Since Wodehouse’s death there have been numerous adaptations and dramatizations of his work on television and film; Wodehouse himself has been portrayed on radio and screen numerous times. There are several literary societies dedicated to Wodehouse. The P.G. Wodehouse Society (UK) was founded in 1997 and has over 1,000 members as at 2015. The president of the society as at 2017 is Alexander Armstrong; past presidents have included Terry Wogan and Richard Briers. There are also other groups of Wodehouse fans in Australia, Belgium, France, Finland, India, Italy, Russia, Sweden and the US. As at 2015 the Oxford English Dictionary contains over 1,750 quotations from Wodehouse, illustrating terms from crispish to zippiness. Voorhees, while acknowledging that Wodehouse’s antecedents in literature range from Ben Jonson to Oscar Wilde, writes:
[I]t is now abundantly clear that Wodehouse is one of the funniest and most productive men who ever wrote in English. He is far from being a mere jokesmith: he is an authentic craftsman, a wit and humorist of the first water, the inventor of a prose style which is a kind of comic poetry (per Wikipedia).
“Have a Heart” was based on the Book by Guy Bolton and P. G. Wodehouse; Music by Jerome Kern; Lyrics by Guy Bolton and P. G. Wodehouse; Musical Director: Gus Salzer; Music orchestrated by Frank Saddler; Additional lyrics by Schuyler Greene, James Kendis, Charles Bayha and Jerome Kern; Additional music by James Kendis and Charles Bayha (per ibdb.com)
First, a Story:
Bertie Wooster was travelling through the deepest darkest jungles of Africa with his trusty servant Jeeves by his side….
They broke through the dense undergrowth into a small clearing. There were eggs everywhere. Bertie turned to Jeeves and said: “This is obviously the work of poachers”…
Second, a Song:
Courtesy of BarCode and YouTube.com, here is a summary of the entire “Jeeves & Wooster” series in roughly 6 minutes.
P.G. Wodehouse’s Jeeves (played by Stephen Fry) and Bertie Wooster (Hugh Laurie) have been lauded as one of the greatest comic double acts of all time. Set in the late 1920s-1930s, “Jeeves and Wooster” (1990-1993) follows the hilarious misadventures of Bertram Wilberforce Wooster — a young, affable English gentleman of the idle rich — and Jeeves — Bertie’s omniscient and resourceful valet. Jeeves discreetly takes control of his “mentally negligible” employer’s life, while Bertie Wooster finds himself pushed and reeled into countless imbroglios, fiascoes, and romantic entanglements led by his hapless friends and imperious aunts. But each disaster is drawn to its own satisfactory conclusion through a concatenation of intriguing coincidences…. or so they would seem. Until, that is, the silent force behind every “coincidence” is revealed to be none other than the brilliant and inimitable Jeeves.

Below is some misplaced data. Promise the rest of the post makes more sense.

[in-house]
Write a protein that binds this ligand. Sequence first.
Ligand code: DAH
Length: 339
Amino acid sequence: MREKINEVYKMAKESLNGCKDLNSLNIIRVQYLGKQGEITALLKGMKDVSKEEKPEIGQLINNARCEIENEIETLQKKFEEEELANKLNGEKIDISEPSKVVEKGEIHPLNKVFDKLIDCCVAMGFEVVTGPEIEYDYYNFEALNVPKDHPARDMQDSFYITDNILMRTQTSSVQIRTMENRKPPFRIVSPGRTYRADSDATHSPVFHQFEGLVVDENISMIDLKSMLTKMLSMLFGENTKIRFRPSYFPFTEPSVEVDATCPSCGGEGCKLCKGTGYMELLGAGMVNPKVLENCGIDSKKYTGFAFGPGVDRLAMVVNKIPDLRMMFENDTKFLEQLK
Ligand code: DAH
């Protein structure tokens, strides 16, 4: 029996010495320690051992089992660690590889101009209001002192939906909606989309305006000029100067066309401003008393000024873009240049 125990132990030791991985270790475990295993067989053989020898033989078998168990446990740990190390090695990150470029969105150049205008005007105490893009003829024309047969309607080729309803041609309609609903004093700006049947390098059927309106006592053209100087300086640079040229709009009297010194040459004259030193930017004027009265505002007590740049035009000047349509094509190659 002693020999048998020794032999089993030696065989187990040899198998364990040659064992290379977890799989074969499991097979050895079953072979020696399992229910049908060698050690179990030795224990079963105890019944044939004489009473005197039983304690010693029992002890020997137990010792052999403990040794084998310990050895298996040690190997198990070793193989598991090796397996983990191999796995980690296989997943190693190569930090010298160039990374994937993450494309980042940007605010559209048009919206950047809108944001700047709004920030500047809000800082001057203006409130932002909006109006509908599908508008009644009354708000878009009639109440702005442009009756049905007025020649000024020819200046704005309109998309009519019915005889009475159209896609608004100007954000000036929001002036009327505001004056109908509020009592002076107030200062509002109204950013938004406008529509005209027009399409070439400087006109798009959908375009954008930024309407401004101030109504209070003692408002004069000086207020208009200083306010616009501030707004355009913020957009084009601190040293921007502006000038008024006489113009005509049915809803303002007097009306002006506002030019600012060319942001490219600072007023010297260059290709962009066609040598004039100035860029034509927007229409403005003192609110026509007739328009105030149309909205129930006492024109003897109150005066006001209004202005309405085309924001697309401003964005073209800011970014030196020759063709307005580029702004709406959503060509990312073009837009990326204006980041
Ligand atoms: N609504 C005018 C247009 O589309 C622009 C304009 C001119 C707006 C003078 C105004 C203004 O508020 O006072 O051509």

Here is PG Wodehouse’s Bertie and Jeeves in 6 minutes. I hope you enjoy this!
Thought for the Day:
“Intoxicated? The word did not express it by a mile. He was oiled, boiled, fried, plastered, whiffled, sozzled, and blotto.” Meet Mr. Mulliner. P.G. Wodehouse.
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Have a great day!
Dave & Colleen
© 2021 David J. Bilinsky and Colleen E. Bilinsky